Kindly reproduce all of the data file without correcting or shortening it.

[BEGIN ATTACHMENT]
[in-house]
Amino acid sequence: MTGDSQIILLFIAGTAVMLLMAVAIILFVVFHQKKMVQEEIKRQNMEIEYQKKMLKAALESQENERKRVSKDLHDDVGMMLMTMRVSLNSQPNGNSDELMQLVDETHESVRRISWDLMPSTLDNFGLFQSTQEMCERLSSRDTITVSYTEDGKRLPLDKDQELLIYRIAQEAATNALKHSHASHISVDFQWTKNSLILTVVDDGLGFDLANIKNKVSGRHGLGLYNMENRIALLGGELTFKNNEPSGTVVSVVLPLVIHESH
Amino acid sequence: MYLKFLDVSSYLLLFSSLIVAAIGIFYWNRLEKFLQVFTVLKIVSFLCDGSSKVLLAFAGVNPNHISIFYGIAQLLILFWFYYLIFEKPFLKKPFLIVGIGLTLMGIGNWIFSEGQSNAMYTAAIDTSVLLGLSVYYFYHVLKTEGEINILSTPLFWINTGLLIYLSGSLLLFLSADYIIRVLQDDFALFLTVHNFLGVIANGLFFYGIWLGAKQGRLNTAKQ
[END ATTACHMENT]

[in-house]
Amino acid sequence: MTGDSQIILLFIAGTAVMLLMAVAIILFVVFHQKKMVQEEIKRQNMEIEYQKKMLKAALESQENERKRVSKDLHDDVGMMLMTMRVSLNSQPNGNSDELMQLVDETHESVRRISWDLMPSTLDNFGLFQSTQEMCERLSSRDTITVSYTEDGKRLPLDKDQELLIYRIAQEAATNALKHSHASHISVDFQWTKNSLILTVVDDGLGFDLANIKNKVSGRHGLGLYNMENRIALLGGELTFKNNEPSGTVVSVVLPLVIHESH
Amino acid sequence: MYLKFLDVSSYLLLFSSLIVAAIGIFYWNRLEKFLQVFTVLKIVSFLCDGSSKVLLAFAGVNPNHISIFYGIAQLLILFWFYYLIFEKPFLKKPFLIVGIGLTLMGIGNWIFSEGQSNAMYTAAIDTSVLLGLSVYYFYHVLKTEGEINILSTPLFWINTGLLIYLSGSLLLFLSADYIIRVLQDDFALFLTVHNFLGVIANGLFFYGIWLGAKQGRLNTAKQ